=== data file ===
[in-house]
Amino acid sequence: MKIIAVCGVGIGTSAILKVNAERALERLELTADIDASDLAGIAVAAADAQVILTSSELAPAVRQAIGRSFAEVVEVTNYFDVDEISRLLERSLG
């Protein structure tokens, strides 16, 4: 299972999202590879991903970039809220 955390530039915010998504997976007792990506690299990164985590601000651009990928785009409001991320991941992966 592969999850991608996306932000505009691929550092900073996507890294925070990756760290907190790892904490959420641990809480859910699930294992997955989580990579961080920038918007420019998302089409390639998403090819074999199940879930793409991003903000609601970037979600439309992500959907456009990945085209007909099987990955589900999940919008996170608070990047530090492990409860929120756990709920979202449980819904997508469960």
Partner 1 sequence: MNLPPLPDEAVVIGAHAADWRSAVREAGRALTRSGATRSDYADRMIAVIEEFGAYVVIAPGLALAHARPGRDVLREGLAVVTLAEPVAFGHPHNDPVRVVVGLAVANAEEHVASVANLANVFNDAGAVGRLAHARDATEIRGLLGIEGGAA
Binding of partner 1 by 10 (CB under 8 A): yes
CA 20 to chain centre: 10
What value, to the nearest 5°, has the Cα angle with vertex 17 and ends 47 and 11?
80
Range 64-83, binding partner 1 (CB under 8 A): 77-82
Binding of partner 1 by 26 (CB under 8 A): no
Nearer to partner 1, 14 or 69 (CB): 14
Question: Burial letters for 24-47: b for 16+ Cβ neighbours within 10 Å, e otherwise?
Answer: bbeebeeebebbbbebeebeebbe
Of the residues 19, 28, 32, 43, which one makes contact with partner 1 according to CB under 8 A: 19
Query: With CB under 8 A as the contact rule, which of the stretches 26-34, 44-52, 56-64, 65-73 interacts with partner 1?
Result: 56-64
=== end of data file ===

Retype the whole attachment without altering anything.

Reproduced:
[in-house]
Amino acid sequence: MKIIAVCGVGIGTSAILKVNAERALERLELTADIDASDLAGIAVAAADAQVILTSSELAPAVRQAIGRSFAEVVEVTNYFDVDEISRLLERSLG
């Protein structure tokens, strides 16, 4: 299972999202590879991903970039809220 955390530039915010998504997976007792990506690299990164985590601000651009990928785009409001991320991941992966 592969999850991608996306932000505009691929550092900073996507890294925070990756760290907190790892904490959420641990809480859910699930294992997955989580990579961080920038918007420019998302089409390639998403090819074999199940879930793409991003903000609601970037979600439309992500959907456009990945085209007909099987990955589900999940919008996170608070990047530090492990409860929120756990709920979202449980819904997508469960």
Partner 1 sequence: MNLPPLPDEAVVIGAHAADWRSAVREAGRALTRSGATRSDYADRMIAVIEEFGAYVVIAPGLALAHARPGRDVLREGLAVVTLAEPVAFGHPHNDPVRVVVGLAVANAEEHVASVANLANVFNDAGAVGRLAHARDATEIRGLLGIEGGAA
Binding of partner 1 by 10 (CB under 8 A): yes
CA 20 to chain centre: 10
What value, to the nearest 5°, has the Cα angle with vertex 17 and ends 47 and 11?
80
Range 64-83, binding partner 1 (CB under 8 A): 77-82
Binding of partner 1 by 26 (CB under 8 A): no
Nearer to partner 1, 14 or 69 (CB): 14
Question: Burial letters for 24-47: b for 16+ Cβ neighbours within 10 Å, e otherwise?
Answer: bbeebeeebebbbbebeebeebbe
Of the residues 19, 28, 32, 43, which one makes contact with partner 1 according to CB under 8 A: 19
Query: With CB under 8 A as the contact rule, which of the stretches 26-34, 44-52, 56-64, 65-73 interacts with partner 1?
Result: 56-64